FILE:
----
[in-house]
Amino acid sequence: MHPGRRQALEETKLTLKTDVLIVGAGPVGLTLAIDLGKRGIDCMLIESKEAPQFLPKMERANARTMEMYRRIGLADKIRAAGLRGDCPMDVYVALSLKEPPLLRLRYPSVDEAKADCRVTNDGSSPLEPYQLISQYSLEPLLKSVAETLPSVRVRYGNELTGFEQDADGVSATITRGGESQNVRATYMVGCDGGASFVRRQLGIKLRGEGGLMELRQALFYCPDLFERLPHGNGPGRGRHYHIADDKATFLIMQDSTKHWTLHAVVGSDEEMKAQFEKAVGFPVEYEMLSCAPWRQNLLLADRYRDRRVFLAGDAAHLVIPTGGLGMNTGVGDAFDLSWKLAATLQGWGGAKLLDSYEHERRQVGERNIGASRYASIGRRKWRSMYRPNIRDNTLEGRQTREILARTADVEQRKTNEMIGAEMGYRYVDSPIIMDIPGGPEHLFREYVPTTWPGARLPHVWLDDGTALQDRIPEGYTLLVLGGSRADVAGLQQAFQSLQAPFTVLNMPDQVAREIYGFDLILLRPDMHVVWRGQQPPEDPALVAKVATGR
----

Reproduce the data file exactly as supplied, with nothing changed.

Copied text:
[in-house]
Amino acid sequence: MHPGRRQALEETKLTLKTDVLIVGAGPVGLTLAIDLGKRGIDCMLIESKEAPQFLPKMERANARTMEMYRRIGLADKIRAAGLRGDCPMDVYVALSLKEPPLLRLRYPSVDEAKADCRVTNDGSSPLEPYQLISQYSLEPLLKSVAETLPSVRVRYGNELTGFEQDADGVSATITRGGESQNVRATYMVGCDGGASFVRRQLGIKLRGEGGLMELRQALFYCPDLFERLPHGNGPGRGRHYHIADDKATFLIMQDSTKHWTLHAVVGSDEEMKAQFEKAVGFPVEYEMLSCAPWRQNLLLADRYRDRRVFLAGDAAHLVIPTGGLGMNTGVGDAFDLSWKLAATLQGWGGAKLLDSYEHERRQVGERNIGASRYASIGRRKWRSMYRPNIRDNTLEGRQTREILARTADVEQRKTNEMIGAEMGYRYVDSPIIMDIPGGPEHLFREYVPTTWPGARLPHVWLDDGTALQDRIPEGYTLLVLGGSRADVAGLQQAFQSLQAPFTVLNMPDQVAREIYGFDLILLRPDMHVVWRGQQPPEDPALVAKVATGR